You might want to skip this week’s readings. They won’t be easy—way too much truth-telling for my comfort. But if you’ve had a feeling that lately your idea of God has become too sweet to account for the cauldron of contradictions bubbling just under the surface of your daily life, it might be worth sticking around.

This week’s passages are all about choices. They focus on the contrast between fidelity and failure arising from how we respond to God. In today’s introduction to Psalm 78, the psalmist prepares to recall “the glorious deeds of the Lord” so that “the next generation might know them” (esv). Learning God’s mighty deeds of redemption is not some idle academic exercise. It is the path to living in hope even when everything around us is a mess.

Earlier generations were “stubborn and rebellious” (esv). In heart and action, they were “not faithful to God” (esv). Disastrous consequences followed their failure to respond to God’s work and way. When our wills buck up against God’s reality, we cannot flourish.

The psalmist yearns to teach the next generation “so that they should set their hope in God” (esv). These stories fuel a life of trust. The psalmist wants to save us from the despair of a world that has forgotten God. He wants to awaken faith.

But hope is not the final goal. We learn and remember what the Lord has done in order that we will “keep his commandments” (esv). The point is to live according to the way things really are. God exists. God has acted to redeem a particular people as part of a plan to bless the entire world. God has shown us a way to live that leads to flourishing—by responding in worship to God’s redemption and in obedience to God’s commands.

Triune God, remind us of your works, teach us your will, and enable us to worship and to obey. Amen.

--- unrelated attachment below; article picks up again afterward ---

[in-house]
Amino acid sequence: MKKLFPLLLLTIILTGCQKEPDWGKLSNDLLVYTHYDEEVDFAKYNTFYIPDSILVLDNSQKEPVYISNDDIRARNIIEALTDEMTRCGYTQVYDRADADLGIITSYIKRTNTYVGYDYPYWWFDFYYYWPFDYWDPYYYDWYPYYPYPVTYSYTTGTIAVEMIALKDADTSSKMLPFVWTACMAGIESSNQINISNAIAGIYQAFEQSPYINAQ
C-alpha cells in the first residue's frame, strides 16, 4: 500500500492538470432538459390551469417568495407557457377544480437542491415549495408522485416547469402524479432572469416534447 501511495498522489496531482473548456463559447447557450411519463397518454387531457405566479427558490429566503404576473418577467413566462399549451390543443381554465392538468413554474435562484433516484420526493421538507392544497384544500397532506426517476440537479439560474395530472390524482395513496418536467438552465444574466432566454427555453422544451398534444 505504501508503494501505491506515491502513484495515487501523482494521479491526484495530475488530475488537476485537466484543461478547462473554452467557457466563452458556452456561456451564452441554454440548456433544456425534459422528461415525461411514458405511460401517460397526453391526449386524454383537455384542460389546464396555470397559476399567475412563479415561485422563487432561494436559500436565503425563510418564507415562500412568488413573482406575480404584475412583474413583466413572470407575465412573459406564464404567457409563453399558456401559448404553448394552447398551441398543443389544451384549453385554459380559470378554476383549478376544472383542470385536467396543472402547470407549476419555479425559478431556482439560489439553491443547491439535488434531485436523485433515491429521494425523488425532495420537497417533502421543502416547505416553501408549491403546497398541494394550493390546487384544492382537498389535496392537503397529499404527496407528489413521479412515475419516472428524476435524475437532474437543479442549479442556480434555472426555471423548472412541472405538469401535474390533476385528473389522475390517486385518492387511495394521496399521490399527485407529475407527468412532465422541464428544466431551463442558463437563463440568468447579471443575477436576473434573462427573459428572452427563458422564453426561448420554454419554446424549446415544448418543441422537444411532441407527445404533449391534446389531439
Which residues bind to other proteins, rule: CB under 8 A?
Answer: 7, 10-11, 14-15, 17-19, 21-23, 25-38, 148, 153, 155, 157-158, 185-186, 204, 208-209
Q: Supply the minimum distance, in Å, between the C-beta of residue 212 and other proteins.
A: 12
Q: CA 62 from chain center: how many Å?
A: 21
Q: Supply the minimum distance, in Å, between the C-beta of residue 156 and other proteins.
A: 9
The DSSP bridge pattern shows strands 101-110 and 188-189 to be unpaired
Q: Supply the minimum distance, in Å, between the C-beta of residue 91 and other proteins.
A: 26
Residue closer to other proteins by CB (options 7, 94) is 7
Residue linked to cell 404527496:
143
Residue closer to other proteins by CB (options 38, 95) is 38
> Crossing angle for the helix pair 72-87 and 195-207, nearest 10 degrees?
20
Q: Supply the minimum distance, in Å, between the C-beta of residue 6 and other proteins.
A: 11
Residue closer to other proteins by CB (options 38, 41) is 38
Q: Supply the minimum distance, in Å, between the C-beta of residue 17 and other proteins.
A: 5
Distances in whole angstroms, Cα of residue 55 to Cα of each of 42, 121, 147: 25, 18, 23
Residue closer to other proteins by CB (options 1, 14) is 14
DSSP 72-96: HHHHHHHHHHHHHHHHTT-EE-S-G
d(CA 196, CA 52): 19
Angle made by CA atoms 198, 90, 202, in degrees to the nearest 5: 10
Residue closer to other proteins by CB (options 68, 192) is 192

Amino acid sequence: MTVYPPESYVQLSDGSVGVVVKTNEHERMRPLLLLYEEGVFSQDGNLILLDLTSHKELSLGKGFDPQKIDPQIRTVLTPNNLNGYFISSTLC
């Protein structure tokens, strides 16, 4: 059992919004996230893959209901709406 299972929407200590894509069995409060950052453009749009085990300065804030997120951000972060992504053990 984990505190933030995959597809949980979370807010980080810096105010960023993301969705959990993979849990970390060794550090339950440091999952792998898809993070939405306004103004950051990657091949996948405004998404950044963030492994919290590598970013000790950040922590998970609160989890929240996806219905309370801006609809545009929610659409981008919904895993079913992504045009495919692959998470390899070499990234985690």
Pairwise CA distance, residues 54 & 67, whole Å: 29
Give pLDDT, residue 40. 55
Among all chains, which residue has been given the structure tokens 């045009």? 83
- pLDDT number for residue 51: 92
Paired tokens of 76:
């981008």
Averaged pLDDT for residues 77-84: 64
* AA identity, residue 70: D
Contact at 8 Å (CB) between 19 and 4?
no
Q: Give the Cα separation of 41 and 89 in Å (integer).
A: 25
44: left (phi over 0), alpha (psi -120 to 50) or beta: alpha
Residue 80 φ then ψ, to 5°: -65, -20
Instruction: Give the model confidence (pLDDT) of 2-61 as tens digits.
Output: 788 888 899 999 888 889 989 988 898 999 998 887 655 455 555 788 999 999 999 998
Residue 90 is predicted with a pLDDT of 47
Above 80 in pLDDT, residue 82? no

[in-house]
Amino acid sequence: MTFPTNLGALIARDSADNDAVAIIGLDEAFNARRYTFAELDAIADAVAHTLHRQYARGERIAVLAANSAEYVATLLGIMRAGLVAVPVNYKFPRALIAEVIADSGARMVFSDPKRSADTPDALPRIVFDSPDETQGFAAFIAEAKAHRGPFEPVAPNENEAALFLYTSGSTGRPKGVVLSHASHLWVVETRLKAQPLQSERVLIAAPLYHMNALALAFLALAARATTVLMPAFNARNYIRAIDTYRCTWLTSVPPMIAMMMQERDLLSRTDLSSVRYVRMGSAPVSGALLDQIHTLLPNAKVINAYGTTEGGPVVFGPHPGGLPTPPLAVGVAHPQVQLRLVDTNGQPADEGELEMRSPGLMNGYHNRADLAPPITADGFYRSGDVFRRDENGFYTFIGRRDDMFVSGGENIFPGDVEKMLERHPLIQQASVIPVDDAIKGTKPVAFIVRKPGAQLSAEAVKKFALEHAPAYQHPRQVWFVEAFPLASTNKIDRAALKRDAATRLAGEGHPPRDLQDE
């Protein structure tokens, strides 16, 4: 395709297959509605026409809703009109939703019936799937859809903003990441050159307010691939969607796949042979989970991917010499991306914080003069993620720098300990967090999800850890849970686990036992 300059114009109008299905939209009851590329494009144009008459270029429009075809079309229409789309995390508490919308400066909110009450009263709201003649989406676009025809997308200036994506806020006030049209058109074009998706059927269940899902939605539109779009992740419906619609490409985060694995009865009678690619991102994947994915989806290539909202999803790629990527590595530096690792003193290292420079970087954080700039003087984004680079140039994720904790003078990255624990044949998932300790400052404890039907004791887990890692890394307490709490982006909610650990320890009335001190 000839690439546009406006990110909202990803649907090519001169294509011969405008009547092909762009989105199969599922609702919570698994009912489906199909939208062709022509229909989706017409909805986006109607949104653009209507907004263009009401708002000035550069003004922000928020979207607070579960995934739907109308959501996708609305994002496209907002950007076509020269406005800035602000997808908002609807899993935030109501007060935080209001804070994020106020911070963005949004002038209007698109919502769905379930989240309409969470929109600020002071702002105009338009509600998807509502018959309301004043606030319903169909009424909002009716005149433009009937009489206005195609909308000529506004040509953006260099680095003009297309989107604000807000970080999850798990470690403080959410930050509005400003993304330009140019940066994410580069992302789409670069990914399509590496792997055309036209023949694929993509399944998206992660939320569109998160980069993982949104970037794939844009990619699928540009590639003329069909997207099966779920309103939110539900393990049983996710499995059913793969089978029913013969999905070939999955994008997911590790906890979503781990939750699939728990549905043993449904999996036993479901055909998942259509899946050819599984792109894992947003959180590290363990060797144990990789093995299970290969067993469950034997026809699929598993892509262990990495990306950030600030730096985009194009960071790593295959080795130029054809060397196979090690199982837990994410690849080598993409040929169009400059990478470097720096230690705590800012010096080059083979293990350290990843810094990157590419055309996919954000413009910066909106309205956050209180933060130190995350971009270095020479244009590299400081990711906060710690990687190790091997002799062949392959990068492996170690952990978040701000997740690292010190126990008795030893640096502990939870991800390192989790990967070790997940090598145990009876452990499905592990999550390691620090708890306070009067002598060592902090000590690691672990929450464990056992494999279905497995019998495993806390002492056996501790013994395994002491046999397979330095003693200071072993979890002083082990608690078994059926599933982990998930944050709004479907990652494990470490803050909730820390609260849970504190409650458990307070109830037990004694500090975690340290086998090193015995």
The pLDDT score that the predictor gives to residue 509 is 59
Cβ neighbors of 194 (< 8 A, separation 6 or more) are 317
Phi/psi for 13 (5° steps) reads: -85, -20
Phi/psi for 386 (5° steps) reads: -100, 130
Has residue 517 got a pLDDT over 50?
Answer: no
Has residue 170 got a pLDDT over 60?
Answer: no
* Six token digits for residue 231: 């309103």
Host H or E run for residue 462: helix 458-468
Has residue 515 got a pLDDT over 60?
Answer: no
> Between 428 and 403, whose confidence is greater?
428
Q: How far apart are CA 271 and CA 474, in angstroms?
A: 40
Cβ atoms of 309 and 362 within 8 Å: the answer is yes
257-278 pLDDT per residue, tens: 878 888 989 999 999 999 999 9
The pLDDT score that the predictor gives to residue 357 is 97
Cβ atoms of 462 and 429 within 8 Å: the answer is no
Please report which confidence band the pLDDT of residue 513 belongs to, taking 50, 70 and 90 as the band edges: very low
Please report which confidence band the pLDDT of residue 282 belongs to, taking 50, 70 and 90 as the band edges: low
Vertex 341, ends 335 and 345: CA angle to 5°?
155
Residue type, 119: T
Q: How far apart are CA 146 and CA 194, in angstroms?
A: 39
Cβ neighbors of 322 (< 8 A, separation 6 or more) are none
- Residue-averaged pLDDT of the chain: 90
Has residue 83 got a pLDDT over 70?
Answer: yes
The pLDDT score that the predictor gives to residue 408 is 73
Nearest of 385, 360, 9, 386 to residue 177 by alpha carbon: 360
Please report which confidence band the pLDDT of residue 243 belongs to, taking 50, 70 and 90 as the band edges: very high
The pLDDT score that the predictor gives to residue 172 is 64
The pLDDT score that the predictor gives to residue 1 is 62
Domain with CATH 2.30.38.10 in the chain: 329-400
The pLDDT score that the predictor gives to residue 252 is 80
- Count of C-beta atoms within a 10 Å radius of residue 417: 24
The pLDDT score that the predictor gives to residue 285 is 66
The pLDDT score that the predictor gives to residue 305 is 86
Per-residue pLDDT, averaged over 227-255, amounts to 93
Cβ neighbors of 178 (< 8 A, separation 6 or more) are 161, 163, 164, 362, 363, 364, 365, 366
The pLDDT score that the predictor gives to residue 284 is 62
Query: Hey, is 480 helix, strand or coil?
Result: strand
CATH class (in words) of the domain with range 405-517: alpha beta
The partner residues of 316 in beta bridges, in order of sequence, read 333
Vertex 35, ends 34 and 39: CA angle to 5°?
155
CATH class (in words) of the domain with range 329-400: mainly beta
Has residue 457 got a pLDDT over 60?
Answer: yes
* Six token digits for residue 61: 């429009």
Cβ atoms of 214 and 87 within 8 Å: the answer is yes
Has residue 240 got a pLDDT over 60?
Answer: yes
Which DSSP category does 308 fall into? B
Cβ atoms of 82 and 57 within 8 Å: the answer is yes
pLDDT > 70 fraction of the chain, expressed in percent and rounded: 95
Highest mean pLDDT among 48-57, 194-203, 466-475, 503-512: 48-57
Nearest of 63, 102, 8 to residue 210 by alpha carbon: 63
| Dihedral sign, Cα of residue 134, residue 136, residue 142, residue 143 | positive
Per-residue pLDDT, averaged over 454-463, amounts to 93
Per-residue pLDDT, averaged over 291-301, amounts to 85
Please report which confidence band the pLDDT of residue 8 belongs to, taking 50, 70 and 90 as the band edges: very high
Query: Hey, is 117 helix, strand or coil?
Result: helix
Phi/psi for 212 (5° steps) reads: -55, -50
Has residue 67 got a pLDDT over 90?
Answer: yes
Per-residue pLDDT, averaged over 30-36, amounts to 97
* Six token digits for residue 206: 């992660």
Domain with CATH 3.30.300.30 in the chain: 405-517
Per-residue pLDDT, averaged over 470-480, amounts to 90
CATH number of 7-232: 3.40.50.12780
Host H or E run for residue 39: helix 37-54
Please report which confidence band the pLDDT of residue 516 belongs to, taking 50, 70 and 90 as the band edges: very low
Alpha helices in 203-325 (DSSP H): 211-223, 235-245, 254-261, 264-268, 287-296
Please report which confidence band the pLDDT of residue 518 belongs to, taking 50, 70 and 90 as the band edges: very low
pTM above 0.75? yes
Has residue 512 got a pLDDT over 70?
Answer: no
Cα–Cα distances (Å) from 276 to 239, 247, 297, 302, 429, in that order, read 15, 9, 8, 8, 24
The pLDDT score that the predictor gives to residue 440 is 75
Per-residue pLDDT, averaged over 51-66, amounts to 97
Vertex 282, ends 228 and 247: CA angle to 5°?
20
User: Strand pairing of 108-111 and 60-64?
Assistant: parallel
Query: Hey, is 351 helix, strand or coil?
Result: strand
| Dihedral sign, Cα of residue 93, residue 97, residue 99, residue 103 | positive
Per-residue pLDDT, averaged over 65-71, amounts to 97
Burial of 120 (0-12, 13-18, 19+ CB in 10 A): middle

Pray the Scriptures Using Audio Lectio
Read Matthew 25:1-13

0 Comments
Log In to leave a comment
Lectionary Week
November 2–8, 2020
Scripture Overview

Although God miraculously has brought the Israelites into the Promised Land, some continue to worship foreign gods. Joshua tells them that they must choose whom they will serve and warns of the dangers of unfaithfulness. After they declare that they will follow God, Joshua reminds them of the laws given by God. The psalmist affirms the importance of this kind of reminder; telling the story of God’s faithfulness in the past encourages us in the present. The New Testament readings address Christ’s return. The Thessalonians are concerned that those who have died might miss the final resurrection, but Paul assures them that this will not be the case. Jesus tells a parable to highlight the fact that his return will be unexpected, so we should always be ready.

Questions and Suggestions for Reflection

Read Joshua 24:1-3a, 14-25. We are prone to wander. When have you failed to keep promises you have made to God?
Read Psalm 78:1-7. How do you put your hope in God? What are you doing to awaken faith in the next generation?
Read 1 Thessalonians 4:13-18. How does the promise of the “coming of the Lord” provide hope when present authorities seem to have a stranglehold? How does the notion that the coming Lord will hold us all accountable encourage you?
Read Matthew 25:1-13. How do you daily choose your faith? How do you keep awake?

Respond by posting a prayer.

I join many of those who will pray for you as you seek to discern what you are called to be at this moment. May God grant you the courage to fulfill that calling. May we all open our eyes and see the misery, open our ears and hear the cries of God’s people, and, like God through the Lord Jesus Christ, be incarnate amongst them.” 

View a growing list of resources for the spiritual work of overcoming racism.